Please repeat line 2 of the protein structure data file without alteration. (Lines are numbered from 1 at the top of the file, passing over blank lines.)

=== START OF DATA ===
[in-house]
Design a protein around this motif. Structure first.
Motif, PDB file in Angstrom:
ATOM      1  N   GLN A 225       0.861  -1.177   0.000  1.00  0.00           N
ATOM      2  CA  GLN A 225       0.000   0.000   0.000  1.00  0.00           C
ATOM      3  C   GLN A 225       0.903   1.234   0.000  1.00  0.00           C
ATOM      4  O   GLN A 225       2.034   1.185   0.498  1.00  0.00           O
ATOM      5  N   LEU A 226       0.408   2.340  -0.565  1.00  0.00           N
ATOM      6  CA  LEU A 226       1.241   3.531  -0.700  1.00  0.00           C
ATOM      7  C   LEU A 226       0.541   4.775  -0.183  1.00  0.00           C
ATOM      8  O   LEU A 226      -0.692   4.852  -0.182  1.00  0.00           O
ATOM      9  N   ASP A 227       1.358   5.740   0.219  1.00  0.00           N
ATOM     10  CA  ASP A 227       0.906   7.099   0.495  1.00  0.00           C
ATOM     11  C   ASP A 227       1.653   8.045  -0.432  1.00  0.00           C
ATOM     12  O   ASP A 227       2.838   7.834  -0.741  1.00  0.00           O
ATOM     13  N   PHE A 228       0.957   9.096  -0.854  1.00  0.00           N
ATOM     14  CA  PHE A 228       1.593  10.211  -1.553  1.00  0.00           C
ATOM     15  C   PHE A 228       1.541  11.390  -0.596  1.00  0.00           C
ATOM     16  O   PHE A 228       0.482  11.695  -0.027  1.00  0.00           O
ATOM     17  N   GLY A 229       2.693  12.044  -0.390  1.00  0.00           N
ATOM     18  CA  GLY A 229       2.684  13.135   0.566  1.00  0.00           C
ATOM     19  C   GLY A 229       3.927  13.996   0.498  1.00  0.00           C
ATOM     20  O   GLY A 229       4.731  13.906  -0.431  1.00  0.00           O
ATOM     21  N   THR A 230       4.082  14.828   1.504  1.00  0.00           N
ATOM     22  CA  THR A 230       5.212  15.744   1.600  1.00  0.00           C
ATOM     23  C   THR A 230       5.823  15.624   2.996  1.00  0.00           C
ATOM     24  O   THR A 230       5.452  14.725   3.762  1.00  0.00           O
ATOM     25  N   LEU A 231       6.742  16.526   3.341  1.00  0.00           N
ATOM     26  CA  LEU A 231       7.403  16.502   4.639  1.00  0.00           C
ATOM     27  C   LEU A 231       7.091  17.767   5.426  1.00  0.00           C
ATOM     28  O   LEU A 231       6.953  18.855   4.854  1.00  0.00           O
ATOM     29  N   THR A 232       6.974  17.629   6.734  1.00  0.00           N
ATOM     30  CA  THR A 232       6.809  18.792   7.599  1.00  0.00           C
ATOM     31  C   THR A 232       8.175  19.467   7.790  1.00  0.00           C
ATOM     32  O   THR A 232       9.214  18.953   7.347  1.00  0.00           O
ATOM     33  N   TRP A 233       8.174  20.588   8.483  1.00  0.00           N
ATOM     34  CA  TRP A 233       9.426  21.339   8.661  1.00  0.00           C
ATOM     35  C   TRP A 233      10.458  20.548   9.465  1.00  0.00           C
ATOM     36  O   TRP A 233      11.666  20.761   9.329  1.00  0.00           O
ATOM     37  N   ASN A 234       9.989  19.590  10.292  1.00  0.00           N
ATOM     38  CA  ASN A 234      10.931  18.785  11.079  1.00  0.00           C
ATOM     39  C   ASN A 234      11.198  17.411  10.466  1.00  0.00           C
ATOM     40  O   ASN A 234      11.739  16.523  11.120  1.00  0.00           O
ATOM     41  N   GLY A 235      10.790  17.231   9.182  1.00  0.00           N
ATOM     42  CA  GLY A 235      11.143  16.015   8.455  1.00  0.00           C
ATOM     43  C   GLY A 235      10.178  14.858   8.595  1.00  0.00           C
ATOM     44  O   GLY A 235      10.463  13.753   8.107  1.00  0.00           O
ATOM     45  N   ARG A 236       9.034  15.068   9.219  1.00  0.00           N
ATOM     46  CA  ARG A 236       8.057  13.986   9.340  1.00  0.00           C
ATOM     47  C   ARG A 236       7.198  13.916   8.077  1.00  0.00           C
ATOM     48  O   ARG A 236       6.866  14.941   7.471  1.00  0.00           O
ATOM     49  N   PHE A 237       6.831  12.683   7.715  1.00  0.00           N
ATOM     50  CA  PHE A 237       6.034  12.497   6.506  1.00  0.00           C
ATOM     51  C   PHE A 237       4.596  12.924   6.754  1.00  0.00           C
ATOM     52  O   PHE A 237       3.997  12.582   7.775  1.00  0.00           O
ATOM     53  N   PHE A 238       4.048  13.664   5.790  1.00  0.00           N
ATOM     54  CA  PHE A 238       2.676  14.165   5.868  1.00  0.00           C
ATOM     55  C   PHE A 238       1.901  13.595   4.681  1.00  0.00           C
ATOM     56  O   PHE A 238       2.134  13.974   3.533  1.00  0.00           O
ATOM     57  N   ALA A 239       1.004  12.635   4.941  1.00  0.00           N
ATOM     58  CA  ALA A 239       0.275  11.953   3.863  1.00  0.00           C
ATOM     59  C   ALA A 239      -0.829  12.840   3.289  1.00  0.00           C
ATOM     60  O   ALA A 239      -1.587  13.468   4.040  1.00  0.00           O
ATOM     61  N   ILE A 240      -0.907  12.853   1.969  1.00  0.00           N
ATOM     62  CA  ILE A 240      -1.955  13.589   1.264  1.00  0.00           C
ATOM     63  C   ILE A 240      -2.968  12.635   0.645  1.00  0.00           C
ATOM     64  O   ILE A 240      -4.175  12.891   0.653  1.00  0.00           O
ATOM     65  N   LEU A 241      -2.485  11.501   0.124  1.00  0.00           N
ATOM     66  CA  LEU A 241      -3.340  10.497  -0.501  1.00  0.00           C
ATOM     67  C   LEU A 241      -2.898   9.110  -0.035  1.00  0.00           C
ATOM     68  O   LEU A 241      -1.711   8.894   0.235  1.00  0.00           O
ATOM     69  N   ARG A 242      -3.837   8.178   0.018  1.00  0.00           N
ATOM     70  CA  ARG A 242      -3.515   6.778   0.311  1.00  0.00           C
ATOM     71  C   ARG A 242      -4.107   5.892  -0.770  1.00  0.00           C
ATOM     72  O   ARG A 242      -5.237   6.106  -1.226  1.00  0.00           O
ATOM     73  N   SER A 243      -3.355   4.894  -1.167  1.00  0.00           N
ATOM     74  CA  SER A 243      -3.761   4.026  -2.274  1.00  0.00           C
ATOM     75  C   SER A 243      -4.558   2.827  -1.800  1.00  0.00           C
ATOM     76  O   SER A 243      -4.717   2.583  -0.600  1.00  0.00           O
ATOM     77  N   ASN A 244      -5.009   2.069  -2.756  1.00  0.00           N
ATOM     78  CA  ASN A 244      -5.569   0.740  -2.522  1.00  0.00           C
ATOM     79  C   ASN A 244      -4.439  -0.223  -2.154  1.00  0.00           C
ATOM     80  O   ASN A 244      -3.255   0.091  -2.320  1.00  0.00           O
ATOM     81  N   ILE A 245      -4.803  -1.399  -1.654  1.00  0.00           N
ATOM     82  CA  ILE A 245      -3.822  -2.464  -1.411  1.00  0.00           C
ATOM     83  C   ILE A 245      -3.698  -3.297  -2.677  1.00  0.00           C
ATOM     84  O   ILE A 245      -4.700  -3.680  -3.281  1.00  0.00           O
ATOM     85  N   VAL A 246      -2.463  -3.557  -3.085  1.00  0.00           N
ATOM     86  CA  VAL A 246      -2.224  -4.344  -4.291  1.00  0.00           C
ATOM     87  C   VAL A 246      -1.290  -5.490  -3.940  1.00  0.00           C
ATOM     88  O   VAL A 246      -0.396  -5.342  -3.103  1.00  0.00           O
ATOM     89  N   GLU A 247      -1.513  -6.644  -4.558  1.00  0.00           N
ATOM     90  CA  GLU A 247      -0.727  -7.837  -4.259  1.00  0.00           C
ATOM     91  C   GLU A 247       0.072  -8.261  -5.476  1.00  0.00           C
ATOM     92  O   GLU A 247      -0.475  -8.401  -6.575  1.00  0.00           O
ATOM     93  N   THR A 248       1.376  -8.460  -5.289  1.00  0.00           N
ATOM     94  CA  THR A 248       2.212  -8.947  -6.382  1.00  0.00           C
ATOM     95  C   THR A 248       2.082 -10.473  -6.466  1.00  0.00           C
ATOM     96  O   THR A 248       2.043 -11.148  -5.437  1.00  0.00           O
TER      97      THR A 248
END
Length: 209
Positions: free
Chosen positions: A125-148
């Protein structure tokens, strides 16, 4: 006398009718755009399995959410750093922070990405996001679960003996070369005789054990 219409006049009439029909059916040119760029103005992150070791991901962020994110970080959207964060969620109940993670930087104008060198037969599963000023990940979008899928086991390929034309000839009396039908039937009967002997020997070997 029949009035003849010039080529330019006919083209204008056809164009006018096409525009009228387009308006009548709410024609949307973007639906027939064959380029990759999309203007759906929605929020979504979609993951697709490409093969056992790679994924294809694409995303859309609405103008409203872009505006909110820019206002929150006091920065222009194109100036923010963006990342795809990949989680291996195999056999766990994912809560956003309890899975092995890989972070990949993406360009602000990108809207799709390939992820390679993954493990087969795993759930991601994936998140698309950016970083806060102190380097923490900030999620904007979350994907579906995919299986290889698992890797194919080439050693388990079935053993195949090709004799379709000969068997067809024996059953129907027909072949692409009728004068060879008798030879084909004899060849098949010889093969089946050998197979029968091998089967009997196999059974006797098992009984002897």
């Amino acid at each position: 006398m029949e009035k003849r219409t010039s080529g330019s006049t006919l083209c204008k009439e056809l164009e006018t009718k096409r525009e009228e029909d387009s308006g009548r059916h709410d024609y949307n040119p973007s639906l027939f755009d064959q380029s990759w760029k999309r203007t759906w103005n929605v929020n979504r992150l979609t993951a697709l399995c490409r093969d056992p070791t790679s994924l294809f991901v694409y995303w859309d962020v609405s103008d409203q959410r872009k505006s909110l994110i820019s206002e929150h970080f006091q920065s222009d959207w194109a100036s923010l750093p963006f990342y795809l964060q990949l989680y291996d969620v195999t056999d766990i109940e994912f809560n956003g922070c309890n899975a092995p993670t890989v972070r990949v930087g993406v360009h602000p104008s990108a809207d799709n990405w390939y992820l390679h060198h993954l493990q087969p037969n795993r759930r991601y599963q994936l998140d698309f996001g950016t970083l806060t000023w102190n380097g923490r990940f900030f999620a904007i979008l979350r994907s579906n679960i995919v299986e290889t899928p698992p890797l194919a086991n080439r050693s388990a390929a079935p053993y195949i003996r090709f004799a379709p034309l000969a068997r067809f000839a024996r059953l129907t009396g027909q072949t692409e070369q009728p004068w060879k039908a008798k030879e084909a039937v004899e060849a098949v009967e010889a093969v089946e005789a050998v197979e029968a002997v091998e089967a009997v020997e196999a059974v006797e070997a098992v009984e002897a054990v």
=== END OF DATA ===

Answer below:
Design a protein around this motif. Structure first.